Labour’s only other failure on a remarkable night was in Cleadon Village and East Boldon, where Conservative Councillor Jeff Milburn retained his seat with a much  reduced majority.

Following further shop closures in King Street, South Shields, South Tyneside Council announced an updated plan for a shoppers car parking scheme which gave two hours of free town centre parking, charges would only be applied after two hours and could be refunded if shoppers were spending more than £5 with local “partner” businesses. In a further sign of Labour’s pragmatic approach to working with the coalition government council Leader Iain Malcolm announced his intention of shaving an additional £45m from South Tyneside’s spending as he intended to announce a first ever reduction in council taxes to help local people rebuild their economy by putting money back into their own pockets to spend.

On the sporting scene, South Shields Mariners are in disarray after the sale of Filtrona Park , a late season slide in form saw them narrowly avoid relegation and their future is now in serious doubt as new houses are about to be built on their former ground. Until they find a new home their existence in the Northern League cannot be guaranteed.

In the Premier League Mike Ashley showed no inclination to spend on Newcastle United during the January window, as once again he discussed the possibility of selling the club at the end of the season. The Magpies strong start to the campaign was cancelled out when striker Demba Ba suffered a serious injury, this coupled with the sales of Tiote and Krul meant that Pardew’s men had a late season loss of form which saw them end the campaign in 15th. place.

Rivals  Sunderland were boosted by the surprise arrival of a top name striker and a full back which pleased the red and white half of South Shields. Meanwhile Ryan Noble’s emergence as a Premier League threat helped Martin O’Neill cement his status as a “legend” as the team went on a strong run towards the end of the season finishing above the Magpies in 9th. place. Owner Ellis Short announced that further funds would be made available to the Irishman for the summer transfer window, once again Sunderland are considering the possibility of extending the capacity at The Stadium of Light.

add to del.icio.us :: Add to Blinkslist :: add to furl :: Digg it :: add to ma.gnolia :: Stumble It! :: add to simpy :: seed the vine :: :: :: TailRank :: post to facebook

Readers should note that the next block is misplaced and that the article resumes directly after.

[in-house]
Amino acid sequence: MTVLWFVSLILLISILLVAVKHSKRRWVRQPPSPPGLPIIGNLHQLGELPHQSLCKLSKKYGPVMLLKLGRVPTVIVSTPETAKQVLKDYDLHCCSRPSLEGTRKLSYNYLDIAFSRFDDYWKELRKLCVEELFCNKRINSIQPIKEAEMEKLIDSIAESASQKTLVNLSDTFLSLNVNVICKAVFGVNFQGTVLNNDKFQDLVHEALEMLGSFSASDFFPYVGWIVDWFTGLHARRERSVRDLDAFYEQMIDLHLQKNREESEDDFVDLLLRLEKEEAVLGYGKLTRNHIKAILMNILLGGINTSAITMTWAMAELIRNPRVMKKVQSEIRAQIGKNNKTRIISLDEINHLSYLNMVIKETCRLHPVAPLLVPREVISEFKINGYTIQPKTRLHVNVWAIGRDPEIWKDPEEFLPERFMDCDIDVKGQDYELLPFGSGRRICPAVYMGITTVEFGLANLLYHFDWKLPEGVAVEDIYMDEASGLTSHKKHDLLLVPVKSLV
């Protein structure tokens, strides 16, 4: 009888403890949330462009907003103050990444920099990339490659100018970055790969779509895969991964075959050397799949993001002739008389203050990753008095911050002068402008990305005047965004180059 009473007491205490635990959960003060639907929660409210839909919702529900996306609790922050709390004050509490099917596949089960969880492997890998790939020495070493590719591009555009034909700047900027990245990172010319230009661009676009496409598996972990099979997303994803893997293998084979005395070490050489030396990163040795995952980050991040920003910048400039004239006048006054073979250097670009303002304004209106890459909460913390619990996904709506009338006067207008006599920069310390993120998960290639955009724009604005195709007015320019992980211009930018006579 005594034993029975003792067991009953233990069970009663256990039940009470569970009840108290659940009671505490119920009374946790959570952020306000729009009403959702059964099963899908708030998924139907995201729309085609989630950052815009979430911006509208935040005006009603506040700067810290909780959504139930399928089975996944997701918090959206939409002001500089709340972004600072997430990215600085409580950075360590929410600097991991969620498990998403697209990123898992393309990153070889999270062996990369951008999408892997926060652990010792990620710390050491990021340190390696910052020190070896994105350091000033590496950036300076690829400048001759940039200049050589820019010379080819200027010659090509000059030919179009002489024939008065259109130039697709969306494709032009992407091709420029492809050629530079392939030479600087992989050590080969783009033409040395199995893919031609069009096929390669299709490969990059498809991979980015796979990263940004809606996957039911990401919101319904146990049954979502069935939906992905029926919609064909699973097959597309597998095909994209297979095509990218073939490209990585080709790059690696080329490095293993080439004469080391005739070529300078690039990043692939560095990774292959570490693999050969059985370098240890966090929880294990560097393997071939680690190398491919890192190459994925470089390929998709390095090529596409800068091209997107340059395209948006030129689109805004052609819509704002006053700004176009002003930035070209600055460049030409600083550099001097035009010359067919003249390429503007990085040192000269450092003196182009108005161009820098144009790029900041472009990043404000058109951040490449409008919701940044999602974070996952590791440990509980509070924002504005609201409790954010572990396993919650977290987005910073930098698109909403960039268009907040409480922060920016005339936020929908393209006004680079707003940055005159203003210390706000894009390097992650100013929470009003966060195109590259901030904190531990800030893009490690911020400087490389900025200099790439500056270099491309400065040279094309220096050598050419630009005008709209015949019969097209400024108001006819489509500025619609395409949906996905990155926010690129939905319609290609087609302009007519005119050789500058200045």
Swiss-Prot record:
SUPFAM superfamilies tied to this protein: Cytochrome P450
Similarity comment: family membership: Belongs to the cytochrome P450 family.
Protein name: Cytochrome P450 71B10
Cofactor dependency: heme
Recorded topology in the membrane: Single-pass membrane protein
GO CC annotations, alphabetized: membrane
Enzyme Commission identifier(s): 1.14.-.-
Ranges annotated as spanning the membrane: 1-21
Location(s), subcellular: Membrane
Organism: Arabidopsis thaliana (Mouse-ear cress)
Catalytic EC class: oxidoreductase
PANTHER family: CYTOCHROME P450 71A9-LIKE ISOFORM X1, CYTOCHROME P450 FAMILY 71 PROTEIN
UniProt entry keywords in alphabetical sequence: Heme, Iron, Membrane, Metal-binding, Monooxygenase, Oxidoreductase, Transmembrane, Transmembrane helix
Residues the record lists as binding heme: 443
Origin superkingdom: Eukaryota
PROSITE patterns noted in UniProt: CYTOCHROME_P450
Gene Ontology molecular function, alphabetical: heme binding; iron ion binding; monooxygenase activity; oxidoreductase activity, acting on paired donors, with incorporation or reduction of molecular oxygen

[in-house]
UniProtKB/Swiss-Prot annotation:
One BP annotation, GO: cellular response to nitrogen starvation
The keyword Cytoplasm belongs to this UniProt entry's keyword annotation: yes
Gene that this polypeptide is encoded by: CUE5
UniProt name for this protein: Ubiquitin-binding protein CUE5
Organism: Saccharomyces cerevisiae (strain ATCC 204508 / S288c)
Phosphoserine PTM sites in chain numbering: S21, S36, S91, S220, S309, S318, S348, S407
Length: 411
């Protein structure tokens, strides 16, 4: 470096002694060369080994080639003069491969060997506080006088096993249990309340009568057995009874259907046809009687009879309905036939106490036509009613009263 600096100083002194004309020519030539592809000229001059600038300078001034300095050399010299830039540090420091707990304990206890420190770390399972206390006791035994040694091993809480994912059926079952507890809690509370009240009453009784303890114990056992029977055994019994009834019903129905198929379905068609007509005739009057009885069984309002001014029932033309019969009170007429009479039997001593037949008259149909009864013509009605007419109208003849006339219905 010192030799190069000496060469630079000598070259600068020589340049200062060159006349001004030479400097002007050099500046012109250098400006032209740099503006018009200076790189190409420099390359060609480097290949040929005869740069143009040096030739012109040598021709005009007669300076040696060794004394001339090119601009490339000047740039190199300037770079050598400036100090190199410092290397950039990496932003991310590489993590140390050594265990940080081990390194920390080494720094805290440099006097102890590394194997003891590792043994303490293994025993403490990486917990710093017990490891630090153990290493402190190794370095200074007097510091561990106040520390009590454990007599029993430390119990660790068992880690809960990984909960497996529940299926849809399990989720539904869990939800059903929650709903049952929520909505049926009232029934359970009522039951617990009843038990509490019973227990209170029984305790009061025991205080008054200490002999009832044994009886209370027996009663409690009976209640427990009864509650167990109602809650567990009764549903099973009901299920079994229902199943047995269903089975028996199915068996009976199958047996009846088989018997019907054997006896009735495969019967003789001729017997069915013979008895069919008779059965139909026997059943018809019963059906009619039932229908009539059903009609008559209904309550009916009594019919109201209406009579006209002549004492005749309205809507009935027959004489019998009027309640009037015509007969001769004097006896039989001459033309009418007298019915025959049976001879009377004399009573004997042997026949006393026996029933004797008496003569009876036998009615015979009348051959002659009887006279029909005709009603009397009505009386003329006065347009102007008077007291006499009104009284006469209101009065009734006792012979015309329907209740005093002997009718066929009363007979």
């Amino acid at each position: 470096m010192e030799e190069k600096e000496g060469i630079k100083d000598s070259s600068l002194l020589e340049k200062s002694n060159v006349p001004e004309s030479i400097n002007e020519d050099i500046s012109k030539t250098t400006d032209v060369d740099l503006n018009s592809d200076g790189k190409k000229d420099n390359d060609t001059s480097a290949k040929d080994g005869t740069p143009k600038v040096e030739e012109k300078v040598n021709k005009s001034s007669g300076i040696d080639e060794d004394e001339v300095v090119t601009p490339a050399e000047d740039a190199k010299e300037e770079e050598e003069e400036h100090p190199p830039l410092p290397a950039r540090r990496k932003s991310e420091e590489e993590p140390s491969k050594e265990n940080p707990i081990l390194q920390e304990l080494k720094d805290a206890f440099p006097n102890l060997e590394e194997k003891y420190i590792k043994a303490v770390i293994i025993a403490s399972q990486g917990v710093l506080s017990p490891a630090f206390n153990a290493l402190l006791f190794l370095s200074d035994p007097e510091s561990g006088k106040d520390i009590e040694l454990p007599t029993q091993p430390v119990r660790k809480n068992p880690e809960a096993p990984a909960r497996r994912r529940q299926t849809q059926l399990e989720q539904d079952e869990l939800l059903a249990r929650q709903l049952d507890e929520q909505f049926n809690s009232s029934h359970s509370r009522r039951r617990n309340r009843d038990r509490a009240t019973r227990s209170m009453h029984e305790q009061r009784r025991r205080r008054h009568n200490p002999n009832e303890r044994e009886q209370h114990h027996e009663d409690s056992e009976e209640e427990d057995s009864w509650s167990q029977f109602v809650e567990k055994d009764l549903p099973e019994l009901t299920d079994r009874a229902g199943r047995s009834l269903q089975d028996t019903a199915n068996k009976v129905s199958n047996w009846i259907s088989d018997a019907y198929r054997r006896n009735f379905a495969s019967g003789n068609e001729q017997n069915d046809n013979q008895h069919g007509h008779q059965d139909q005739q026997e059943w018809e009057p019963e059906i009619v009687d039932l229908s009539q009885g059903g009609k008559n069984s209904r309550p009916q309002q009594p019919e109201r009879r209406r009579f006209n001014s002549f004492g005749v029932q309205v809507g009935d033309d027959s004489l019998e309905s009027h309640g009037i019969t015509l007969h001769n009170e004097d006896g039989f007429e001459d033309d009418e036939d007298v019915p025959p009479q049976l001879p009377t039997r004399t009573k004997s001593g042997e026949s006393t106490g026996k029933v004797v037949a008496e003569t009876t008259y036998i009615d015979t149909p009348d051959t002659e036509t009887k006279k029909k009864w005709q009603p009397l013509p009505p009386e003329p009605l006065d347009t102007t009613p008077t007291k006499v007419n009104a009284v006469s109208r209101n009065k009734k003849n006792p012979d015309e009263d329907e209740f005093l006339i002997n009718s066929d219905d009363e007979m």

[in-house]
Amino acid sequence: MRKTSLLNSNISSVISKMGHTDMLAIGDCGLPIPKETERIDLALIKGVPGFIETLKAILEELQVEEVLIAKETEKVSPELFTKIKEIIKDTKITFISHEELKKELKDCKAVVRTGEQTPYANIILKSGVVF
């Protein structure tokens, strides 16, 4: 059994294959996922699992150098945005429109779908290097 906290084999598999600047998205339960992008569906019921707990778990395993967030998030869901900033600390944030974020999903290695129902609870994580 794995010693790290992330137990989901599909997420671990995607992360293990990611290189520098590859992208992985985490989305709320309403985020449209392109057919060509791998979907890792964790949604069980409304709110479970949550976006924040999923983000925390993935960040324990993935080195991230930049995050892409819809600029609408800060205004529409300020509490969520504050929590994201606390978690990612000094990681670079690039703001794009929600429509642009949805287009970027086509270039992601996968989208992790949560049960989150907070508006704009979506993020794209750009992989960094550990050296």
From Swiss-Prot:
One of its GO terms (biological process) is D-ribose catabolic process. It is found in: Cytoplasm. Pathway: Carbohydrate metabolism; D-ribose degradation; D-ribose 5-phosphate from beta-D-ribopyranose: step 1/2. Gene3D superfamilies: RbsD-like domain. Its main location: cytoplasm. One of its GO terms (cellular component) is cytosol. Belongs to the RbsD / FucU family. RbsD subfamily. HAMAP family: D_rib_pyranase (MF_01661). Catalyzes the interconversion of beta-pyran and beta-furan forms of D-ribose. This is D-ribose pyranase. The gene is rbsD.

South Shields’ girls in X Factor win!

with 2 comments

Little Mix chased the dream.

Exactly two years ago I used this video to illustrate this particular post where I said

“I think that South Shields girl Jade Thirlwall should think seriously about having another go at the X Factor, she could well emulate Joe McElderry next year.”

OK, so it took a little longer, but after initial rejection she was thrown in, along with fellow Shields girl Perrie Edwards,  Leanne Pinnock amd Jesy Nelson to a girl group later to be known as Little Mix.  It has been a hard road for the four girls as they went through the pressures of public votes in ITV’s flagship reality show but yesterday evening they won the coveted X Factor prize and that important contract with Simon Cowell’s music company. Another feather in the cap for South Shields  and a great advert for the young talent that we have in South Tyneside. It takes some “bottle” to be knocked down, get up, dust yourself down, and come back fighting, but as many girls from Laygate or Simonside can attest this determination to succeed is a requisite in the tough streets of Tyneside.

To be fair we knew that Thirwall had it in her as a former winner at the Pride of South Tyneside Awards, but how many of us saw Perrie Edwards coming through? I wonder too, how much of an influence “Mark” was in Jade’s success?

Winning the X Factor is no guarantee of fame and fortune, and the winners see little of Cowell’s £1m contract, it is rumoured that they are advanced as little as £150000, and must spend the rest promoting an album on behalf of Cowell, however some are now reckoning that the four girls could be in for a huge windfall as advertisers, and promoters see the marketing opportunities presented by a bunch of young vibrant girls put together as much for their looks as well as their singing prowess. They have already featured in a Marks and Spencer’s advertisement, and will no doubt be signed up to promote hair and beauty products at home and in the UK as Cowell looks to exploit a gap in the market. Little Mix could be on the verge of reaping rewards running up to £10m. Don’t begrudge them this success, they will see very little of their home towns or families over the next 12 months, they will need bags of strength and enthusiasm to cope with Cowell’s demands, there will be travel and sleep deprivation, their lives will no longer be under their own self control – they now belong to Simon Cowell.

What does it mean for this region though?

We become seen as a nursery for talent, others may become inspired to emulate this level of success, we get a little more national press attention, and sometimes it may not be for the best of reasons as personal lives become laid bare to reporters, our youngsters may become seen in a more positive light too. Most importantly, we may see young entrepreneurs in business and commerce become more emboldened and self confident as they follow their own dreams. They may be inspired by the competitive attitudes of girls like Little Mix, and we may find that other more diverse young talents on Tyneside succeed in building bigger contracts that lead to some growth in our regional economy, the experience of the hard knocks that eventually lead to a winning position might hopefully rub off on many of Tyneside’s teenagers, upon whom our future relies.